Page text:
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The clinical impact of bacterial co-infection among moderate, severe and critically ill COVID-19 patients in the second referral hospital in Surabaya

Citation

Asmarawati, Tri Pudy et al. (2021), The clinical impact of bacterial co-infection among moderate, severe and critically ill COVID-19 patients in the second referral hospital in Surabaya, Dryad, Dataset, https://doi.org/10.5061/dryad.sxksn0328

Abstract

Background

Data on the prevalence of bacterial co-infections among COVID-19 patients are limited, especially in our country. We aimed to assess the rate of bacterial co-infections in hospitalized COVID-19 and report the most common microorganisms involved and the antibiotic use in these patients.

Methods

This study is a cross sectional study with retrospective approach, among COVID-19 adult patients admitted to Universitas Airlangga Hospital Surabaya from 14 March-30 September 2020. The bacterial infection is defined based on clinical assessment, laboratory parameters, and microbiology results.

Results

Total of 218 patients with moderate to critical ill and confirmed COVID-19 were included in this study. Bacterial infection was confirmed in 43 patients (19.7%). COVID-19 patients with bacterial infections had longer hospital length of stay (17.6 ± 6.62 vs 13.31±7.12), a higher proportion of respiratory failure, ICU treatment, and ventilator use. COVID-19 patients with bacterial infection had a worse prognosis than those without bacterial infection (p<0.04). The empirical antibiotic was given to 75,2% of the patients. Gram-negative bacterias were commonly found as causative agents in this study (n = 39; 70.37%).

Conclusion

COVID-19 patients with bacterial infection have a longer length of stay and worse outcomes. Healthcare-associated infections during intensive care treatment for COVID-19 patients must be carefully prevented.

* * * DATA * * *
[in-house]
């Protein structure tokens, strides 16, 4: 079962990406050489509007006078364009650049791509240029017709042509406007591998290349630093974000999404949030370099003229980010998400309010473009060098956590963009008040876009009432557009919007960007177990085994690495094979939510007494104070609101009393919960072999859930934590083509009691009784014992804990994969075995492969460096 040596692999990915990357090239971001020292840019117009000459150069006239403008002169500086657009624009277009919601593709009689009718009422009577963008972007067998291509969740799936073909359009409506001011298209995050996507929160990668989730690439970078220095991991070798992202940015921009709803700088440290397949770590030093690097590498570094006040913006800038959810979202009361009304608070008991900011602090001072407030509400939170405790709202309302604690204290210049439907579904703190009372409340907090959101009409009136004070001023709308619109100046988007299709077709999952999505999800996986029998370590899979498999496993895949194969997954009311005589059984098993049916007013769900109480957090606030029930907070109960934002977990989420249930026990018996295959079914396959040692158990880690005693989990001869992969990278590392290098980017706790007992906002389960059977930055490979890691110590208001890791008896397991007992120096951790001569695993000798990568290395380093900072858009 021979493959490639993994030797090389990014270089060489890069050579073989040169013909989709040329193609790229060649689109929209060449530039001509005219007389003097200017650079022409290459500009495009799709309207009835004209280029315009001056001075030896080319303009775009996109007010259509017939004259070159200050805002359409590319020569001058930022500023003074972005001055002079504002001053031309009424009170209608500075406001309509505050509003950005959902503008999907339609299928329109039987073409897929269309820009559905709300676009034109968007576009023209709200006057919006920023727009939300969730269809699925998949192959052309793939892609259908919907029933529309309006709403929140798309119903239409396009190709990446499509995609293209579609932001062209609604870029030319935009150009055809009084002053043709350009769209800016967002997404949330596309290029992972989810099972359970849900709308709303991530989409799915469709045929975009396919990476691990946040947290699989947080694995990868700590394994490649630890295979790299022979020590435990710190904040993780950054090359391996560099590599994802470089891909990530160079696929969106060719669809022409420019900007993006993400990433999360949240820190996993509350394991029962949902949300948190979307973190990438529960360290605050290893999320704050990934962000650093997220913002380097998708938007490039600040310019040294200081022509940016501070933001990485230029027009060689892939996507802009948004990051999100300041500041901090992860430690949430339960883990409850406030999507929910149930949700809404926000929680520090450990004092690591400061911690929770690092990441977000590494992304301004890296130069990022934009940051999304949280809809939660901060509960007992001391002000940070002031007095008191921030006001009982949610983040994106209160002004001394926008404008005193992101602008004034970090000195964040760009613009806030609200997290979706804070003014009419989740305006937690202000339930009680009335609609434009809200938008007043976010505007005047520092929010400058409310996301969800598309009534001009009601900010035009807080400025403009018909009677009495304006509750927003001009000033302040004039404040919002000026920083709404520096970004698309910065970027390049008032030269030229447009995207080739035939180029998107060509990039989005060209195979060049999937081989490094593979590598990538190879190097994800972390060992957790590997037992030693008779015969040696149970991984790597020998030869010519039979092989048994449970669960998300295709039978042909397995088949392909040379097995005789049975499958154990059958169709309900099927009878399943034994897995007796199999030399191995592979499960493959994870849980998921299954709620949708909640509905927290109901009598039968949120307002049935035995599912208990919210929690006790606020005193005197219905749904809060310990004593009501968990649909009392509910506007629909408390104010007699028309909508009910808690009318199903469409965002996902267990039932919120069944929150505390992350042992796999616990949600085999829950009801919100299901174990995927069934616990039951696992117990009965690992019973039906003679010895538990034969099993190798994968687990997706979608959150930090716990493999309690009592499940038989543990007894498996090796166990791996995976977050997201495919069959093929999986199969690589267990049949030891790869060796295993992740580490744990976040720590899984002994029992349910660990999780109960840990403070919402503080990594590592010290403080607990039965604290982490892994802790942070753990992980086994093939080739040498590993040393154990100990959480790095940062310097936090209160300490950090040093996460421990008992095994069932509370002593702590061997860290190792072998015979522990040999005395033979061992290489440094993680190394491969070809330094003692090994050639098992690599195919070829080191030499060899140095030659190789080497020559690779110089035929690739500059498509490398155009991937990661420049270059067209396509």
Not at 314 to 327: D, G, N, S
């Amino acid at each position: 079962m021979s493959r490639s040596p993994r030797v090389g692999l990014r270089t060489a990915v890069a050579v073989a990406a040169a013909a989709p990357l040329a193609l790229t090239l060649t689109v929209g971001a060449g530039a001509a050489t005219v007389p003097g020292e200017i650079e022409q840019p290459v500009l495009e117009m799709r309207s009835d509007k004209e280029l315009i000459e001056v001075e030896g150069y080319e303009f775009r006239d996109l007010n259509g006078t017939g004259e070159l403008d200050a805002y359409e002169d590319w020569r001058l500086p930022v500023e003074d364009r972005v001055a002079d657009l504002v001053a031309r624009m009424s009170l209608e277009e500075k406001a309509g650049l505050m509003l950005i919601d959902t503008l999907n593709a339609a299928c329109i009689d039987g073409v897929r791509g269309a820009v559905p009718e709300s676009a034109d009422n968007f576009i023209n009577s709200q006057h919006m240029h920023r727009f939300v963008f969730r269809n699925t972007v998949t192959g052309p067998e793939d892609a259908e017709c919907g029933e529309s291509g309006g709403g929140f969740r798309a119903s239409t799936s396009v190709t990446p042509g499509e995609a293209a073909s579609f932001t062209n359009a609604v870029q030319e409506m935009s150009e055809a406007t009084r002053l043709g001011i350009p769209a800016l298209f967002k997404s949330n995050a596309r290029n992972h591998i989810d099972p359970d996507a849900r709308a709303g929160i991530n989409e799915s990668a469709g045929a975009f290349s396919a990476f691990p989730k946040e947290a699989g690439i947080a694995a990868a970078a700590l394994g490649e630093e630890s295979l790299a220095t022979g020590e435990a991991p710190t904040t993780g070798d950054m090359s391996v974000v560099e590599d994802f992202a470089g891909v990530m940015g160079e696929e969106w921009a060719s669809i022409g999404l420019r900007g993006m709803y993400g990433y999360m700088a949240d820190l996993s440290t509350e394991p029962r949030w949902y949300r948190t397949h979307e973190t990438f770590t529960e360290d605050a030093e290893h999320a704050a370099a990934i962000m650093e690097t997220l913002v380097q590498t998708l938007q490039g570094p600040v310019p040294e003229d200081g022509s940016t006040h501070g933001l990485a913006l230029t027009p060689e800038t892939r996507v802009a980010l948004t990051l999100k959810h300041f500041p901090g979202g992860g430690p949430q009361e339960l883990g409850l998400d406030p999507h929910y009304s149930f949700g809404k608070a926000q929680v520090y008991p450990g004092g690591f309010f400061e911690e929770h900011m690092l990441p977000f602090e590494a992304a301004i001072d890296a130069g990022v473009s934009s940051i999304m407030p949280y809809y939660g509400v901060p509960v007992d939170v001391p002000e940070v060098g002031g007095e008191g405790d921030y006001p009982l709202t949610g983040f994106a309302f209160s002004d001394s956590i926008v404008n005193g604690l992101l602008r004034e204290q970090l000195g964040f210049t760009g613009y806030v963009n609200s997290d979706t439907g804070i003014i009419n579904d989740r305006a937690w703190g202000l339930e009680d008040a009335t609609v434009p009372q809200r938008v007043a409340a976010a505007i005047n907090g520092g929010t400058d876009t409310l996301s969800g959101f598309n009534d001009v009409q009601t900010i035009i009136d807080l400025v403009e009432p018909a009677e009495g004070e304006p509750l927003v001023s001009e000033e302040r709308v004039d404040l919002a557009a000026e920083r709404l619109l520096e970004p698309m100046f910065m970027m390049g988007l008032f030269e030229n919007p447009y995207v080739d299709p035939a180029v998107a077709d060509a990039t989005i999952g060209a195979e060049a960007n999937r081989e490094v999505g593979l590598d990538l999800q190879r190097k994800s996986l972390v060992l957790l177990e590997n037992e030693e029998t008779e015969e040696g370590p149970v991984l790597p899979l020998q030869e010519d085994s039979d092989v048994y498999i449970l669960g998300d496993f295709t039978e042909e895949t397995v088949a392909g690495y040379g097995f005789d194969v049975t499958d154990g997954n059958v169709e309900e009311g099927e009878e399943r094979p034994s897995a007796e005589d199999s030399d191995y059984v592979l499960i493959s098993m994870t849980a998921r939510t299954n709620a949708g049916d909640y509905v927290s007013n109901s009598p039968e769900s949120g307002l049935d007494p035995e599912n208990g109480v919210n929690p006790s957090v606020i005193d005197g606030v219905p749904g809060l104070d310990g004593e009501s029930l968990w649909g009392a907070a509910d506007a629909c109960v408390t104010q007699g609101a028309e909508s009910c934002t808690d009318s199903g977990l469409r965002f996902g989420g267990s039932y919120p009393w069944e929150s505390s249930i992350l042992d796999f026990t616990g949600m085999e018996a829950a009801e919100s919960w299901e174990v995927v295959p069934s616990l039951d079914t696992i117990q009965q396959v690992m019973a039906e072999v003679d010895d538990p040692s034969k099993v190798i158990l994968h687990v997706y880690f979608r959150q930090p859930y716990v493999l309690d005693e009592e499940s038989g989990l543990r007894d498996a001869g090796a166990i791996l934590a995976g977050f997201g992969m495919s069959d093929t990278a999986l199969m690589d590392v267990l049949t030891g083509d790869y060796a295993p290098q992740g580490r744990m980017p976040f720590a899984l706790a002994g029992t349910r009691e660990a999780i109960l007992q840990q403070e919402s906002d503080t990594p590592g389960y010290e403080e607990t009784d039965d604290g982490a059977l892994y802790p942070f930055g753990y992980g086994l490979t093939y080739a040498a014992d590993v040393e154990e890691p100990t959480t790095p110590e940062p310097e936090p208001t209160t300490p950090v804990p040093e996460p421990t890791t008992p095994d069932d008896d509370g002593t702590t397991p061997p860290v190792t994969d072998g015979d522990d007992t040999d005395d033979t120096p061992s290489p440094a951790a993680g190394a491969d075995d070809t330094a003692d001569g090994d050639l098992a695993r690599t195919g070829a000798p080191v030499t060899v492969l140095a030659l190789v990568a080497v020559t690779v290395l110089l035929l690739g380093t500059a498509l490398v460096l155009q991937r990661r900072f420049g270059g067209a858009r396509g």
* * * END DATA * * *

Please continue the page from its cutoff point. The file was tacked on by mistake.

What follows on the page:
Methods

This study is a retrospective cohort study among COVID-19 adult patients admitted to Universitas Airlangga Hospital Surabaya. This hospital is an academic hospital and also a referral hospital for COVID-19 management in Surabaya, East Java Region. We included cases of moderate to critically ill COVID-19 between 14 March-30 September 2020 that were admitted in the intensive care unit or high-care unit. COVID-19 diagnosis was made based on WHO guidelines and the Indonesian Ministry of Health guidelines. Confirmed COVID-19 patients were proven by oropharyngeal and nasopharyngeal swabs SARS-CoV-2 PCR. Bacterial infection was defined based on clinical assessment, laboratory parameters, and inflammatory parameters (CRP and procalcitonin). Bacterial co-infection of SARS-CoV-2 defines if the culture samples were taken at patient presentation to the hospital or < 48 hours admission, while secondary bacterial infection defined if the culture samples were taken > 48 hours of admission. The bacterial causative agents were extracted from data of microbiology, that were identified by Microbiology automated machine Vitek-2 compact, as a routine procedure in this hospital.

This study was approved by the Ethical Committee of Universitas Airlangga Hospital (171/KEP/2020).

Data collection

Data was taken from medical records and microbiology reports from the laboratory. Incomplete medical records were excluded. Clinical characteristics were divided according to the severity of the disease. Moderate case definitions are: 1) clinically sign of pneumonia (fever, cough, dyspnea, tachypnea); 2) Oxygen saturation ³93% free air. Severe case definitions are if there were clinically sign of pneumonia, and one of the following: 1) respiration rate >30 times per minute, or 2) severe respiratory distress, or 3) oxygen saturation < 93% free air. Critically ill cases defined if there were acute respiratory distress syndrome (ARDS), sepsis, and septic shock (25). Culture examination was performed when there was suspicion of bacterial infection or sepsis. The sample for culture was taken from blood, urine, and respiratory tract.

Funding

The authors declare that no grants were involved in supporting this work

The authors declare that no grants were involved in supporting this work